How to reduce your dog’s separation anxiety

Let’s talk separation anxiety. In general, dogs don’t like to be left alone. They can’t help it. Like humans, dogs are naturally very social animals and so can become very distressed when their owners leave for the day, or even for just a few minutes. They may start to bark or howl or even become destructive. You might not even realise your dog is displaying this kind of behaviour when you leave the house but maybe your neighbours have mentioned the disturbances to you.

If you suspect your dog may be suffering from separation anxiety, the best place to start is by purchasing a small camera so you can see how they behave when you walk out the door. If they start to show tell-tale signs of separation anxiety like barking, howling, pacing, trembling or becoming destructive then you can start working towards reducing their anxiety and making life a bit more pleasant for everyone.

The first step to reducing separation anxiety is by getting your dog used to all the things you normally do when you leave the house, like grabbing your keys or putting on your jacket. By desensitising your dog to these actions it will help to keep them calm next time you need to leave the house. Try opening and closing the door a few times without going anywhere or picking up your keys but then just sitting down on the sofa.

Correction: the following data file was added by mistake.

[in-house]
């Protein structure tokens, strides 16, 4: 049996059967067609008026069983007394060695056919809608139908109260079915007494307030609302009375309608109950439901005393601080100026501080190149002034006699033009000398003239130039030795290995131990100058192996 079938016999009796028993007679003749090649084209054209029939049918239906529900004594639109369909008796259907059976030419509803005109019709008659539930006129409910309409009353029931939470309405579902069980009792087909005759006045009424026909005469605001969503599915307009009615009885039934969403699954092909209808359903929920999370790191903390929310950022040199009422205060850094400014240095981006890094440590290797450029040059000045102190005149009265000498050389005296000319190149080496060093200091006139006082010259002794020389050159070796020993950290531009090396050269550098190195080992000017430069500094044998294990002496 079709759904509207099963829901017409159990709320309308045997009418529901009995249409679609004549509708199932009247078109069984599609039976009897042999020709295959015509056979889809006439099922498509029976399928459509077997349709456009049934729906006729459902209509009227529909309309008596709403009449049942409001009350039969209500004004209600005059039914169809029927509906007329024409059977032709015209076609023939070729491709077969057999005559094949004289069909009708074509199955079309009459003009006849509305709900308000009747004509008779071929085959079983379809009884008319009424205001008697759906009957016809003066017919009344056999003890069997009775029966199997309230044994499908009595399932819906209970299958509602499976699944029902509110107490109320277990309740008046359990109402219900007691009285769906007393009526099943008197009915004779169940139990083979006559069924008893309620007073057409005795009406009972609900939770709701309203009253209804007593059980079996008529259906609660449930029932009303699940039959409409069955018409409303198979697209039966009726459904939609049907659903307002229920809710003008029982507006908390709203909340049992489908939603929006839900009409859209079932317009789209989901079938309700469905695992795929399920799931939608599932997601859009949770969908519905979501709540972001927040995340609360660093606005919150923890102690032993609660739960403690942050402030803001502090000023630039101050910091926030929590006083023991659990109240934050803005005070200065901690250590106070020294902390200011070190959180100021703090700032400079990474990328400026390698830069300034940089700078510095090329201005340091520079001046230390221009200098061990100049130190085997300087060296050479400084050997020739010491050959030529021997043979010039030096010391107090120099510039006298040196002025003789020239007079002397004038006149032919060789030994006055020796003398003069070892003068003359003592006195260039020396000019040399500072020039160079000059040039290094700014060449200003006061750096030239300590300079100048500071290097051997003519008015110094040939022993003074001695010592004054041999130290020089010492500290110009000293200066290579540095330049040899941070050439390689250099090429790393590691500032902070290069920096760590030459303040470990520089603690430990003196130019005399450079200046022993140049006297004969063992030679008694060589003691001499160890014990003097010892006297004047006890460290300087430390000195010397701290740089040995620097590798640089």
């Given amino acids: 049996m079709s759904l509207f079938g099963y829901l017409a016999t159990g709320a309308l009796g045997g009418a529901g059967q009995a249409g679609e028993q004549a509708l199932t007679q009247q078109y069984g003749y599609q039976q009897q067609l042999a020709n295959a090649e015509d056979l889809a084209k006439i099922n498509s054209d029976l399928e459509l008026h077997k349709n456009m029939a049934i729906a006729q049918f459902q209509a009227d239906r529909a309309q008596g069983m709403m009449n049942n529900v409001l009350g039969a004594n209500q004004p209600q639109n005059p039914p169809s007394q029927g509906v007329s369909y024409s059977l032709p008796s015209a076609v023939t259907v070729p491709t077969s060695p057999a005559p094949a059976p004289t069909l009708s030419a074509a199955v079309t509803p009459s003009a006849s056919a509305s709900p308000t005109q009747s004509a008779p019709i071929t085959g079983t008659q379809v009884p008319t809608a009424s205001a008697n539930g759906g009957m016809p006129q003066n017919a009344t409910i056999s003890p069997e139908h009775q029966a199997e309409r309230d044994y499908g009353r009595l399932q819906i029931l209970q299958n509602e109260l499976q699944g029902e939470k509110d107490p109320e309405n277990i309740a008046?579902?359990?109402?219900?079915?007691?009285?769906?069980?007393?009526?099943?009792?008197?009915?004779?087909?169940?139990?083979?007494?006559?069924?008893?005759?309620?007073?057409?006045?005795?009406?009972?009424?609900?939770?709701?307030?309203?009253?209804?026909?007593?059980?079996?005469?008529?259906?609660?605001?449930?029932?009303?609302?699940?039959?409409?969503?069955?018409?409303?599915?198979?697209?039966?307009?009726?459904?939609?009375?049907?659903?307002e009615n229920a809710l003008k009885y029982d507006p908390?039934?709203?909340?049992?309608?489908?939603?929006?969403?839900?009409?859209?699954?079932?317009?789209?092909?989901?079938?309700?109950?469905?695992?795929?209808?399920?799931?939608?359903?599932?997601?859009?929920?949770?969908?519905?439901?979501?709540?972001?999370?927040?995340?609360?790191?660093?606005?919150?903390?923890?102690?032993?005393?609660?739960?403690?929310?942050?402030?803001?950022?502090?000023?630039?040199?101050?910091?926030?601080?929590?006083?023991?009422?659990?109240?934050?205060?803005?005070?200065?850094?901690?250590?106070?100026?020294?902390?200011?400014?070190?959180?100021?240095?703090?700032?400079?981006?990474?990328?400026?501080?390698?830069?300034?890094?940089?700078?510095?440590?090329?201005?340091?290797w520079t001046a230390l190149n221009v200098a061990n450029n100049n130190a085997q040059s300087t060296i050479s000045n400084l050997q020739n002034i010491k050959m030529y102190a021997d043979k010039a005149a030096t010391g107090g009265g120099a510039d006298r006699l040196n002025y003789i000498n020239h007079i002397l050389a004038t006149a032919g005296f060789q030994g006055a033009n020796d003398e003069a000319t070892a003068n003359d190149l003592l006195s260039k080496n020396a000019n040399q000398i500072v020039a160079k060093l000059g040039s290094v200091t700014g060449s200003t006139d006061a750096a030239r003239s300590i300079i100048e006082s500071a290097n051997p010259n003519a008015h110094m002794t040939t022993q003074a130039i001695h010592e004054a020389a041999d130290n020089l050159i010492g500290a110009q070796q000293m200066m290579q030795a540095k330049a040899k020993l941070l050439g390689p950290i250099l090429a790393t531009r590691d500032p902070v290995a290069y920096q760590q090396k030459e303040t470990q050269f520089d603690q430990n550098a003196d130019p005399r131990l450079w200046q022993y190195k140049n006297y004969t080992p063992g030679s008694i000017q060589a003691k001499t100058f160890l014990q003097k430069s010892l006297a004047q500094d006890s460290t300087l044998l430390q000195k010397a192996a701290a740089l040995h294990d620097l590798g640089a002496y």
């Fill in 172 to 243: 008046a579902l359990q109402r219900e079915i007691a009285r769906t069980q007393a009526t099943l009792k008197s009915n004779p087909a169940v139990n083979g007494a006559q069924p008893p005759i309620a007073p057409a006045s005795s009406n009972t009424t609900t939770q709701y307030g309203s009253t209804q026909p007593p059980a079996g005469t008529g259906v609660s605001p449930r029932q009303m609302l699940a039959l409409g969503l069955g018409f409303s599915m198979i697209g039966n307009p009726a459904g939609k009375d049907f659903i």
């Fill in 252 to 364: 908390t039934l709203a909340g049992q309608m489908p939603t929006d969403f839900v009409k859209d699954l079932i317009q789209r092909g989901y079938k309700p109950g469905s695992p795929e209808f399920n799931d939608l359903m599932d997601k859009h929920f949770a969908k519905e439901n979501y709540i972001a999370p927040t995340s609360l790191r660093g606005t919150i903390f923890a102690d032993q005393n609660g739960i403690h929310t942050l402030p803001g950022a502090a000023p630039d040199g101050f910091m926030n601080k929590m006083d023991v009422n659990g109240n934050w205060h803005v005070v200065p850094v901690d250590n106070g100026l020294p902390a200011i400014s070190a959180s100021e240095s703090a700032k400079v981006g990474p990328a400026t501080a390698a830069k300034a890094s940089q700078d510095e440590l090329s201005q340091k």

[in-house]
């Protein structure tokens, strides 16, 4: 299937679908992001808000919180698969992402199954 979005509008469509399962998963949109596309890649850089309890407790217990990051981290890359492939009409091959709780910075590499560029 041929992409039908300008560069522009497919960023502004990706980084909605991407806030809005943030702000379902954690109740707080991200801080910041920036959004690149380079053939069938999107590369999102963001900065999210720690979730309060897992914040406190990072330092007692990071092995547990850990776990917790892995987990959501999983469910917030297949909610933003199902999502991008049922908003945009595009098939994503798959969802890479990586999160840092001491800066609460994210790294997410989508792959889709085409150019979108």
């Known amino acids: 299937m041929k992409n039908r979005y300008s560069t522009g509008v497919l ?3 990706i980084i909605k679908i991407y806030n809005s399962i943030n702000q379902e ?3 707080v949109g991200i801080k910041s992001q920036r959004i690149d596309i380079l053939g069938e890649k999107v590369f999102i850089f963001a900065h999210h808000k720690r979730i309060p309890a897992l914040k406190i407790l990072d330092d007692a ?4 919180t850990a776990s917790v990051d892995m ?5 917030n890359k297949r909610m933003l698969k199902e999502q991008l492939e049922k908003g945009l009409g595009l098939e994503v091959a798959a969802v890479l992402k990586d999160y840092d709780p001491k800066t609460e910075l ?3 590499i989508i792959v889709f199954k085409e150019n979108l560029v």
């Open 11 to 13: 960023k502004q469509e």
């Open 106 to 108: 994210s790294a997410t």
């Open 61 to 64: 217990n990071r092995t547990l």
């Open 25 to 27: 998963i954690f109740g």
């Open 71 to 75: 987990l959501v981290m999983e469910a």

Dog with his head on a table

Leaving the radio or TV on while you are out is also a good option. The noise provided will do two jobs at once. Firstly, it will provide comfort to your dog to hear the sound of a human a voice and secondly, it will help to mask any sounds coming from outside your house, like the postman arriving or kids running past.

It can also be helpful to take your dog for a walk before you leave for the day, as they are less likely to get excited and worked up if they are tired. Try incorporating a morning walk into your routine so they have a chance to burn off any excess energy. Keeping your dog mentally occupied is important too. Make sure you buy them enrichment toys that will keep them stimulated or try creating a destruction box that they can play around with.

Separation anxiety should not be looked upon lightly as it is a serious behavioural issue. The RSPCA has a great article on separation anxiety in dogs. If you are worried about your dog then seek advice from your veterinarian immediately.

Thu Aug 1 2019